Stalk Rots of Corn


Symptoms of stalk rots are frequently first noted on early maturing varieties and on corn stalks producing two ears. Some surface discoloration, especially around the nodes, may be noted.

Distinguishing characteristics of the four most common stalk rots in Kentucky are as follows:

Stenocarpella (Diplodia) stalk rot - (Stenocarpella (Diplodia) maydis). This disease appears several weeks after silking when affected plants die suddenly; the symptoms resemble frost injury. The lower stalk is spongy and light to dark brown. Small dark-brown to black spots (pycnidia) may develop just below the stalk epidermis near the nodes. Upon splitting the stalk, disintegrated brownish pith is encountered.

Gibberella stalk rot - (Gibberella zeae). Leaves suddenly turn dull, grayish-green and lower internodes soften and turn tan or brown. Small superficial black spots (perithecia) of the fungus may at times be seen on the stalk. The stalk interior frequently shows a pink to reddish discoloration and shredded pith. The pink discoloration and superficial perithecia, which may be easily dislodged by rubbing a fingernail over them, distinguish Gibberella from Stenocarpella (=Diplodia) stalk rot.

Fusarium stalk rot - (Fusarium moniliforme). Roots are often rotted. The pith is whitish-pink to salmon-colored. As a consequence, Fusarium stalk rot is difficult to distinguish from Gibberella stalk rot.

Charcoal Rot - (Macrophomina phaseolina). Charcoal rot begins as a root infection, spreads into the lower stalk internodes and causes early ripening, shredding and breaking at the crown. The very tiny black fungal bodies (sclerotia) on the vascular strands of the shredded pith give the interior of the stalks a charred appearance (hence the name) and are a characteristic sign of this disease.

Anthracnose lower stalk rot (Colletotrichum graminicola). The exterior nodes and internodes of the corn stalks show a dark discoloration. Occasionally dark spines can be seen in these darkened areas with the aid of a hand lens. Interior shredding of stalk pith is also common. In addition to lower stalk rot, anthracnose also produces a top-dieback symptom on susceptible hybrids.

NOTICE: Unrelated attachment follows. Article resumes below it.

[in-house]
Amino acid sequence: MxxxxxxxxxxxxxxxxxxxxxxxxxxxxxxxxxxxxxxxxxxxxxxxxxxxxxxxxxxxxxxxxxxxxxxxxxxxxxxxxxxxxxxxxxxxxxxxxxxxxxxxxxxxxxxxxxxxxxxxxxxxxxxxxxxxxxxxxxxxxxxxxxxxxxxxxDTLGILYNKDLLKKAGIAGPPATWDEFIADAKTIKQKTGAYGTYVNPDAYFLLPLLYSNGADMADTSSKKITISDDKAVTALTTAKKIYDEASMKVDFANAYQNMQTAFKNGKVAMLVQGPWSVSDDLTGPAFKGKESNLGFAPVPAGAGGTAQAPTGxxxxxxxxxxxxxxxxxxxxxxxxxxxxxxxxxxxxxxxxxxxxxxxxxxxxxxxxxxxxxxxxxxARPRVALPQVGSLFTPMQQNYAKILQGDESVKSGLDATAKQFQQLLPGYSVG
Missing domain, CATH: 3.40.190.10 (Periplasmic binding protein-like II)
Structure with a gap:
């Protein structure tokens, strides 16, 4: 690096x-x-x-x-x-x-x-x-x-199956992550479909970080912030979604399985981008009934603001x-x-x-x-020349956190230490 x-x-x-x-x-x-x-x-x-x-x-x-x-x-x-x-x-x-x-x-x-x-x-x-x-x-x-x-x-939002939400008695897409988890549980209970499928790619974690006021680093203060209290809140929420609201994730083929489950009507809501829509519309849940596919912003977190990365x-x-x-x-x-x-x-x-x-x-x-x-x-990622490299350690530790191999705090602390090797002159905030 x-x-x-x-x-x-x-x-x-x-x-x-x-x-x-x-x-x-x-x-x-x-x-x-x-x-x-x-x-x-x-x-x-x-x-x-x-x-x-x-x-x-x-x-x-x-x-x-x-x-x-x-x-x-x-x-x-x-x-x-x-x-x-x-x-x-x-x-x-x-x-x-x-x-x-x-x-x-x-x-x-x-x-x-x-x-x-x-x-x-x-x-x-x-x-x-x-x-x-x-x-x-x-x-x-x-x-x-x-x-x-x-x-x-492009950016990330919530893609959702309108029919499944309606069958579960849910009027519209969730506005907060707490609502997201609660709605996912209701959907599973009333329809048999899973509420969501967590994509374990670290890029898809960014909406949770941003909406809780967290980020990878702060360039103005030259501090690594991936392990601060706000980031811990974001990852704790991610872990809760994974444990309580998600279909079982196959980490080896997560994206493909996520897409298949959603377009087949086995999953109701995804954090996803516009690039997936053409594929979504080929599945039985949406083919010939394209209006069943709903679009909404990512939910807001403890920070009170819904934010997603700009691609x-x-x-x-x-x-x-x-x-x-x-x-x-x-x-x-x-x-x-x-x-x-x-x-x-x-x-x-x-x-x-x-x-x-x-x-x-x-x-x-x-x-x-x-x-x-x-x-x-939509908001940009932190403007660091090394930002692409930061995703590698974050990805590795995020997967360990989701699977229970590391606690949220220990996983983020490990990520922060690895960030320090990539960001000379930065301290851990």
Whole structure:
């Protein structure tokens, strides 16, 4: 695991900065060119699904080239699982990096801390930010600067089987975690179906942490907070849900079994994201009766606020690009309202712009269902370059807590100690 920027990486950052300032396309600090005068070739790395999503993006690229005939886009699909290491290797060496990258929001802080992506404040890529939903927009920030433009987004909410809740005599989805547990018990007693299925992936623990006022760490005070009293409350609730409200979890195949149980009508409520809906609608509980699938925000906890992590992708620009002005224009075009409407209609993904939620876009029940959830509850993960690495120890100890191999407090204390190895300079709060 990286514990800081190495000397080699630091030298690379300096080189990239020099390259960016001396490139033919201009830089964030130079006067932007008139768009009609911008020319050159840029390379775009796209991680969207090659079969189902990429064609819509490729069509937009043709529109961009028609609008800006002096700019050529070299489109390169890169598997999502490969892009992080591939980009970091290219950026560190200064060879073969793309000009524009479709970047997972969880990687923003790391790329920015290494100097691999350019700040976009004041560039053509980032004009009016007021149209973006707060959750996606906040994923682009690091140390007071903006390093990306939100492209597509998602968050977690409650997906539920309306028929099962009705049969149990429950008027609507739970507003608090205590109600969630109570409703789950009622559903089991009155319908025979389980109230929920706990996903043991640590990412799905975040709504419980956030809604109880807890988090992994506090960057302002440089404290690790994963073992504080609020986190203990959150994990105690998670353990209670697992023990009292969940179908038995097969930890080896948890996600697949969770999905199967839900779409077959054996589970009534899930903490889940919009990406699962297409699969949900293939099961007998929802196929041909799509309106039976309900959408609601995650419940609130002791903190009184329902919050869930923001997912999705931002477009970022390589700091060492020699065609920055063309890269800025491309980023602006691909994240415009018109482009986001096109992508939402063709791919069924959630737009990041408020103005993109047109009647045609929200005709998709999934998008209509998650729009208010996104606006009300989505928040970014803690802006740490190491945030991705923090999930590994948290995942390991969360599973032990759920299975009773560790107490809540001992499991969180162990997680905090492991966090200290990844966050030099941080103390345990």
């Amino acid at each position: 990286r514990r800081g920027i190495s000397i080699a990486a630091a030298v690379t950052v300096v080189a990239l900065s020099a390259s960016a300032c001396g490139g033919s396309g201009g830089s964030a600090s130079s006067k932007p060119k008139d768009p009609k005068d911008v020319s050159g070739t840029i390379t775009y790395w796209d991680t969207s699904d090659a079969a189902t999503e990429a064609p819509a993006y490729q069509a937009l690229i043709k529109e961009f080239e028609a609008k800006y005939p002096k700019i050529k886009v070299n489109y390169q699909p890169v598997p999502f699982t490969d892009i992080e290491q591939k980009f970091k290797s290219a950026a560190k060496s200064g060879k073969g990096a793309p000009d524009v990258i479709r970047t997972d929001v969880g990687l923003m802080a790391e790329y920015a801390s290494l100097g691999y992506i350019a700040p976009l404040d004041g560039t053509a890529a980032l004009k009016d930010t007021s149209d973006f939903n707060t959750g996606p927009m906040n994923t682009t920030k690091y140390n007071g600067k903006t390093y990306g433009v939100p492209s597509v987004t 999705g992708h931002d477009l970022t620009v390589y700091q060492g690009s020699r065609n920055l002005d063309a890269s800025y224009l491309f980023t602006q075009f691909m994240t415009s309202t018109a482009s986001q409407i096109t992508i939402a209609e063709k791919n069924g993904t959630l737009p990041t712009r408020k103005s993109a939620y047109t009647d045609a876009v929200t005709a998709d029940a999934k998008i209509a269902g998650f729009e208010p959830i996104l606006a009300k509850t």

The development of stalk rots in corn depends on a number of factors including: unbalanced fertility, low potassium (K), poor soil drainage, mechanical and/or insect damage, foliar diseases, corn variety, excessive plant density and inadequate row spacing.

In Kentucky, late season stalk rot is commonly caused by one of five fungi: Stenocarpella (Diplodia), Gibberella, Macrophomina, Fusarium, or Colletotrichum.

IPM Techniques

  • Examine the field once at harvest maturity before crop is harvested.
  • When scouting for stalk rot, examine 20 stalks in each of five sites per field.
  • Check for stalk rot by either of the following methods:
    • Squeeze the base of the stalk with your hand or
    • At about chest height, push the stalk 8 to 10 inches from its vertical position to check for lodging.
  • Note the type of stalk rot and the number of plants showing symptoms. Some plants may have more than one type of stalk rot present. If so, record all the types present.
  • A field should be scheduled for early harvest if 10-15% of the plants are showing stalk rot.
  • If harvesting early, be sure to dry grain quickly to prevent ear and kernel rots.
  • To minimize stalk rot in the future, plant resistant varieties and hybrids.

References and Additional Information

  • IPM-2 Kentucky Corn IPM Manual
  • PPA-10a Kentucky Plant Disease Management Guide for Corn and Sorghum, P. Vincelli and D.E. Hershman, Extension Plant Pathology, University of Kentucky
  • PPA-26 Corn Stalk Rots, R.E. Stuckey and D.E. Hershman, Extension Plant Pathology, University of Kentucky

Compendium of Corn Diseases. M.C. Shurtleff. American Phytopathological Society. 1980.

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